When I averaged them all together, my projected Max LBM came out to 199.57 pounds. Guess what? I think 200 pounds is not only a very simple and well-rounded number, but also a very reasonable number for my Max Potential LBM.

What Will Inhibit and What Will Promote My LBM Gains?
Let's take a look at the factors working against and in favor of my ability to build LBM once I am done losing the fat.

Factors Working Against Significant LBM Gains
  • Age - At 47 years of age, my ability to gain a lot of muscle is significantly less than that of a younger man.
  • Medium Frame Size - While I am fairly tall at 6' 2 3/4", I have a medium frame not a large frame, which limits the amount of muscle I can gain.
  • Refusal To Engage in Bodybuilding - By NOT following a bodybuilding regimen, I will not be able to gain as much muscle. Resistance training focused on strength and power produces less LBM gain than resistance training specifically targeted at adding muscle mass.
  • Conditioning Exercise - In pursuing well-balanced fitness, I will be doing a lot of aerobic conditioning, MetCon work, finishers, and HIIT. This sort of exercise can inhibit sizable muscle mass gains.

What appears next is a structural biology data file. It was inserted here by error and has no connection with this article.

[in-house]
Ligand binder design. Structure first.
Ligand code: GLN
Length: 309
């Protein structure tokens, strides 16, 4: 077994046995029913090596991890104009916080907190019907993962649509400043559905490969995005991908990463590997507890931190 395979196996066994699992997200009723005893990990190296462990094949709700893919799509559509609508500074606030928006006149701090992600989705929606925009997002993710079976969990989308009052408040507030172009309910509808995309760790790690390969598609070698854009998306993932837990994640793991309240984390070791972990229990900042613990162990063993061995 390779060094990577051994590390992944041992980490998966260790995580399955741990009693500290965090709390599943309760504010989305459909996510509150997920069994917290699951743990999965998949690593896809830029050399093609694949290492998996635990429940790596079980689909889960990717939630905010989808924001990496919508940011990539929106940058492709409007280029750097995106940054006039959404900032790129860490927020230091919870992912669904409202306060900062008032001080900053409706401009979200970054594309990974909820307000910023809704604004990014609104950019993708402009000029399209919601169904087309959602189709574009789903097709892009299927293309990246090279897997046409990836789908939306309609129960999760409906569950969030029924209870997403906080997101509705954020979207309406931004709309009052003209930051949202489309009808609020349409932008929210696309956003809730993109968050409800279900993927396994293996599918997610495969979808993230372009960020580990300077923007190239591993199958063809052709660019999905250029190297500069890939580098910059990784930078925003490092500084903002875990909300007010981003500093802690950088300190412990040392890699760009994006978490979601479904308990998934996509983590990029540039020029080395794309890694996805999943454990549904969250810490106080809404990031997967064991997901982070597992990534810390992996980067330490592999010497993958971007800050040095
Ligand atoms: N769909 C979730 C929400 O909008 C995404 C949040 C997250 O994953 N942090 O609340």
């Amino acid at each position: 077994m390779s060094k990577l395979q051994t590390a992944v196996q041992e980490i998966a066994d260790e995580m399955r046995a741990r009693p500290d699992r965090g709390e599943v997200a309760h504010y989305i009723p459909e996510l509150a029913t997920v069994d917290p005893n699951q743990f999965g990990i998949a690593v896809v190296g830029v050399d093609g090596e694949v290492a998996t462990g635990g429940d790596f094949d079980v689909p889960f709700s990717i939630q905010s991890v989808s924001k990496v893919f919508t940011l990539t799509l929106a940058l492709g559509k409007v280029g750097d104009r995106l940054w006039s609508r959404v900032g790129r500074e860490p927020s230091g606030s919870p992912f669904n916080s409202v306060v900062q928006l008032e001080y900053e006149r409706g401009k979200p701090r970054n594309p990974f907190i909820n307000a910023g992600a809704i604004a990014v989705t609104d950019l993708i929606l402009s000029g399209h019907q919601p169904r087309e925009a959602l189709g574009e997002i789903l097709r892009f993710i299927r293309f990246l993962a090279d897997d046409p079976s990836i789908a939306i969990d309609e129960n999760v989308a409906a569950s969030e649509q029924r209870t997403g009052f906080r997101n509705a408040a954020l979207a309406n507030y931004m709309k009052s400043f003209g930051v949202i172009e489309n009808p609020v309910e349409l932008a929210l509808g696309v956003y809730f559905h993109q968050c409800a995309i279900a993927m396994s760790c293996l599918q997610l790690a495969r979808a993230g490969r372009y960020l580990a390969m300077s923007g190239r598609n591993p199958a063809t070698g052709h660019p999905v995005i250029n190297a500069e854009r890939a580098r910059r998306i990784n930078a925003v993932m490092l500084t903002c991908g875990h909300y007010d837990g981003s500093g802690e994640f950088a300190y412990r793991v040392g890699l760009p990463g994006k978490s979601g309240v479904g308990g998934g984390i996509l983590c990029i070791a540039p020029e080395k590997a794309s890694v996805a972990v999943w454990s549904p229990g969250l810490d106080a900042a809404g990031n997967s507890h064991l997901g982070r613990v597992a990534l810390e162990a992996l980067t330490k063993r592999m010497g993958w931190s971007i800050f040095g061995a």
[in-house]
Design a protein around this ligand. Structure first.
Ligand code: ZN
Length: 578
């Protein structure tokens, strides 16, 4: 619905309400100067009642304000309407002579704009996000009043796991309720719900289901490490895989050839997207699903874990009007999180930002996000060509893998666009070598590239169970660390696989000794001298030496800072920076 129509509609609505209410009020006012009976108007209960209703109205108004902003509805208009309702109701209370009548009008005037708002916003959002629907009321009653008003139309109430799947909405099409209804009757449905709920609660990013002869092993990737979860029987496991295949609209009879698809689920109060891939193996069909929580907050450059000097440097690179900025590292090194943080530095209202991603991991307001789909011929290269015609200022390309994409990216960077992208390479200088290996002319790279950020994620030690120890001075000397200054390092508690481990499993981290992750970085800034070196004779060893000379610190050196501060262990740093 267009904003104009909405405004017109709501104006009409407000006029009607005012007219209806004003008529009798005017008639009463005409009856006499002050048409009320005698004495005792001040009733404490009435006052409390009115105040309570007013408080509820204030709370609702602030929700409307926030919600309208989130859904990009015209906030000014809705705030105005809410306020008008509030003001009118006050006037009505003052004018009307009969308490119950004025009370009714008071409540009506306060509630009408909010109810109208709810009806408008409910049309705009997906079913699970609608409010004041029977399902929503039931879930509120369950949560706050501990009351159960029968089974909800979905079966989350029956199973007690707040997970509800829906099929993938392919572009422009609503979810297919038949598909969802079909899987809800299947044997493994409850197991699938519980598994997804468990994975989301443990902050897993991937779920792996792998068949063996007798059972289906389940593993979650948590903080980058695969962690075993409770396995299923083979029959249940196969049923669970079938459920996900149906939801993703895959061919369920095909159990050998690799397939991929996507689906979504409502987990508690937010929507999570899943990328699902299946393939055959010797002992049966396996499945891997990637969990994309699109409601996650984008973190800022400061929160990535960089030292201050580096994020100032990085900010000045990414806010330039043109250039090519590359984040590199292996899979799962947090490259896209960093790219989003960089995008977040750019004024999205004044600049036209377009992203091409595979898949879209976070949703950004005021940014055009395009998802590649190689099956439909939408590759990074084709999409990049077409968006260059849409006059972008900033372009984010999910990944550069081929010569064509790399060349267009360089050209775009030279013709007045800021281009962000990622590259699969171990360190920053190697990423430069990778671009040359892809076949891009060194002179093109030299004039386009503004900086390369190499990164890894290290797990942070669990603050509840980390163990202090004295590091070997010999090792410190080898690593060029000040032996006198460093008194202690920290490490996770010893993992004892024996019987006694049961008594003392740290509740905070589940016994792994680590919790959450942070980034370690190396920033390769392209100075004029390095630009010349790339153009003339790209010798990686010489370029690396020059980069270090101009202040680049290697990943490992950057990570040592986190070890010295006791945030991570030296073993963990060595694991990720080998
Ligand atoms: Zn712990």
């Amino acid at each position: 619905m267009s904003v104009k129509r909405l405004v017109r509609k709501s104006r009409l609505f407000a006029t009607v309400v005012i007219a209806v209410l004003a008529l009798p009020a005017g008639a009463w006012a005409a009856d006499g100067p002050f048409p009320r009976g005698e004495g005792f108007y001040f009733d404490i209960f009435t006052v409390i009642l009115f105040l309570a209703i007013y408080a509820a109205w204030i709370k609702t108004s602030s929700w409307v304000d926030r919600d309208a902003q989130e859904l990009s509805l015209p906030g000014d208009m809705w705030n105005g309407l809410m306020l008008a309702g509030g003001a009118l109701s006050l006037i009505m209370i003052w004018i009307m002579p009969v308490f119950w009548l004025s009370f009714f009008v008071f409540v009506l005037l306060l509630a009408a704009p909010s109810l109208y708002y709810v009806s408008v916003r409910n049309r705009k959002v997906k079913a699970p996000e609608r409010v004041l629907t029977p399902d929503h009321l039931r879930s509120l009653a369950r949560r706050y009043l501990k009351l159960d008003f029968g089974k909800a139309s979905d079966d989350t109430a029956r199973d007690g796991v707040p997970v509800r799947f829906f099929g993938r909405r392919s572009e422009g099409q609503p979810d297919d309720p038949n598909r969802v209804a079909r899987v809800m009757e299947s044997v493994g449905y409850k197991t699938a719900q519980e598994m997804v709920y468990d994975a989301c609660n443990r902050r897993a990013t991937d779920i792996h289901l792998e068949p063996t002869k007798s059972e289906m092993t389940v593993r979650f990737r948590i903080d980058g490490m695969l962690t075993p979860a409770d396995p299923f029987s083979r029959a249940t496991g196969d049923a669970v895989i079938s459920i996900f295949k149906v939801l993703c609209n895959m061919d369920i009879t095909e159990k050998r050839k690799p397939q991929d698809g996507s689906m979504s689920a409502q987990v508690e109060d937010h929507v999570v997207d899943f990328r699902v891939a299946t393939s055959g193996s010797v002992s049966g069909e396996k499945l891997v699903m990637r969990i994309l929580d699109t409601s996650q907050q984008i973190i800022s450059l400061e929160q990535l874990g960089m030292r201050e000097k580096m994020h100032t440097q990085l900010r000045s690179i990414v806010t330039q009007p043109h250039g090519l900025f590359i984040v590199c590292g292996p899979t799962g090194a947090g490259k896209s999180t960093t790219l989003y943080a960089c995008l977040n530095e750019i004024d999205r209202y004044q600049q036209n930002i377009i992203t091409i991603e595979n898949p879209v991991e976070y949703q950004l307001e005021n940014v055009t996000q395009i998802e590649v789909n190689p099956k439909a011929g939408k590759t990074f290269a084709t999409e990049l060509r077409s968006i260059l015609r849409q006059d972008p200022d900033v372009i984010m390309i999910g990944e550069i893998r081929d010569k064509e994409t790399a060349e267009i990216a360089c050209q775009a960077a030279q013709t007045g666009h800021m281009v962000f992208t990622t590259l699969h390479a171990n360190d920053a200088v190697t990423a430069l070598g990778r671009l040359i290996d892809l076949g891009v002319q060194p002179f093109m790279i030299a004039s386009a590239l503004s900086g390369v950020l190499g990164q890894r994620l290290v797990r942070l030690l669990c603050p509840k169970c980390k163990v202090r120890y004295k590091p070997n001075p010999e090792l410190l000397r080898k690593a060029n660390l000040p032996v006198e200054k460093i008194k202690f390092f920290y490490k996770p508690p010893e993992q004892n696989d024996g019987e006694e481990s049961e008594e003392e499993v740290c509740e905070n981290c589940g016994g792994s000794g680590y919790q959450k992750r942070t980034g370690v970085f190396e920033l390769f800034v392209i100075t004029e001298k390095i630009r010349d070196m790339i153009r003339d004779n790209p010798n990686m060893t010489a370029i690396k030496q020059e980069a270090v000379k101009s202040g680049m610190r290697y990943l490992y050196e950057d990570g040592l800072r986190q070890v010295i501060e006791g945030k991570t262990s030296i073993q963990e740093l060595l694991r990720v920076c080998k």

Factors Working In Favor of Significant LBM Gains
  • Endomorphic Body Type - Big buys, endomorphs like me, tend to be easy gainers when it comes to building muscle mass.
  • Willpower, Consistency & Confidence - In losing 193 pounds to date in pursuit of excellent physical fitness, I have developed a lot of willpower, consistency, and confidence. These qualities will carry over and serve me very well in training to gain a reasonable amount of muscle mass.
  • Superior Nutritional Discipline - Superior nutrition is the foundation upon which superior physical fitness is built. I am very good at nutritional discipline and correct knowledge.
  • Rest, Recovery & Stress Reduction - Along with nutrition, these factors are critical to effective strength training, and I have them well in hand. Most importantly, I know the signs and perils of over-exercise, and the importance of rest and recovery.
  • Smart Exercise Program Design - Having done a lot of research into the most effective strength training protocols, I will be able to put together a smart training regimen. Thank you Rippetoe, Enamait, et al!